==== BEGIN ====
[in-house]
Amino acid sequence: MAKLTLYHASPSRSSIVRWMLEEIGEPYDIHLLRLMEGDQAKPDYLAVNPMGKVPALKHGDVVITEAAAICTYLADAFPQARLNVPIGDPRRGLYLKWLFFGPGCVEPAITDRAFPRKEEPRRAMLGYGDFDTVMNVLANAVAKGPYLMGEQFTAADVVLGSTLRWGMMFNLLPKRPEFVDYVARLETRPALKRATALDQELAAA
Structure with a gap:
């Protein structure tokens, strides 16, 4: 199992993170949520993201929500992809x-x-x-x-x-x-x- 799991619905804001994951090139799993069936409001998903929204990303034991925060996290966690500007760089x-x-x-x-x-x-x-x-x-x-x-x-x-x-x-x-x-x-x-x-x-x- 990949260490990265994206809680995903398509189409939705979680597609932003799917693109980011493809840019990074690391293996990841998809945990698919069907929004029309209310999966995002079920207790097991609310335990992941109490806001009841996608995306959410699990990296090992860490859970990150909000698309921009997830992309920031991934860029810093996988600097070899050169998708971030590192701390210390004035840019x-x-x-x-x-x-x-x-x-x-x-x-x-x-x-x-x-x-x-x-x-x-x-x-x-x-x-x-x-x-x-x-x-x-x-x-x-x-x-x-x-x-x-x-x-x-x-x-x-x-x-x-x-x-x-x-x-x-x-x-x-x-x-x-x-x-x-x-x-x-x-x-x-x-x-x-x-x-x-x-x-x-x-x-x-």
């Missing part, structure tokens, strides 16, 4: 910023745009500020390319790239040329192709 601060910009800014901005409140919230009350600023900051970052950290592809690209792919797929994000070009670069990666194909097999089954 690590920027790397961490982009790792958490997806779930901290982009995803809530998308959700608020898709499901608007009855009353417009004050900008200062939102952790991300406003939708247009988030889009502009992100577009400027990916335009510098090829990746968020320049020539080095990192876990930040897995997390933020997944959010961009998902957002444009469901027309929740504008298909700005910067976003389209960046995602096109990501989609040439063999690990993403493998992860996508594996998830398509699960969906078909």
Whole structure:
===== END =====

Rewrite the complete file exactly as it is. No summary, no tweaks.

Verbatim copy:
[in-house]
Amino acid sequence: MAKLTLYHASPSRSSIVRWMLEEIGEPYDIHLLRLMEGDQAKPDYLAVNPMGKVPALKHGDVVITEAAAICTYLADAFPQARLNVPIGDPRRGLYLKWLFFGPGCVEPAITDRAFPRKEEPRRAMLGYGDFDTVMNVLANAVAKGPYLMGEQFTAADVVLGSTLRWGMMFNLLPKRPEFVDYVARLETRPALKRATALDQELAAA
Structure with a gap:
């Protein structure tokens, strides 16, 4: 199992993170949520993201929500992809x-x-x-x-x-x-x- 799991619905804001994951090139799993069936409001998903929204990303034991925060996290966690500007760089x-x-x-x-x-x-x-x-x-x-x-x-x-x-x-x-x-x-x-x-x-x- 990949260490990265994206809680995903398509189409939705979680597609932003799917693109980011493809840019990074690391293996990841998809945990698919069907929004029309209310999966995002079920207790097991609310335990992941109490806001009841996608995306959410699990990296090992860490859970990150909000698309921009997830992309920031991934860029810093996988600097070899050169998708971030590192701390210390004035840019x-x-x-x-x-x-x-x-x-x-x-x-x-x-x-x-x-x-x-x-x-x-x-x-x-x-x-x-x-x-x-x-x-x-x-x-x-x-x-x-x-x-x-x-x-x-x-x-x-x-x-x-x-x-x-x-x-x-x-x-x-x-x-x-x-x-x-x-x-x-x-x-x-x-x-x-x-x-x-x-x-x-x-x-x-």
């Missing part, structure tokens, strides 16, 4: 910023745009500020390319790239040329192709 601060910009800014901005409140919230009350600023900051970052950290592809690209792919797929994000070009670069990666194909097999089954 690590920027790397961490982009790792958490997806779930901290982009995803809530998308959700608020898709499901608007009855009353417009004050900008200062939102952790991300406003939708247009988030889009502009992100577009400027990916335009510098090829990746968020320049020539080095990192876990930040897995997390933020997944959010961009998902957002444009469901027309929740504008298909700005910067976003389209960046995602096109990501989609040439063999690990993403493998992860996508594996998830398509699960969906078909």
Whole structure: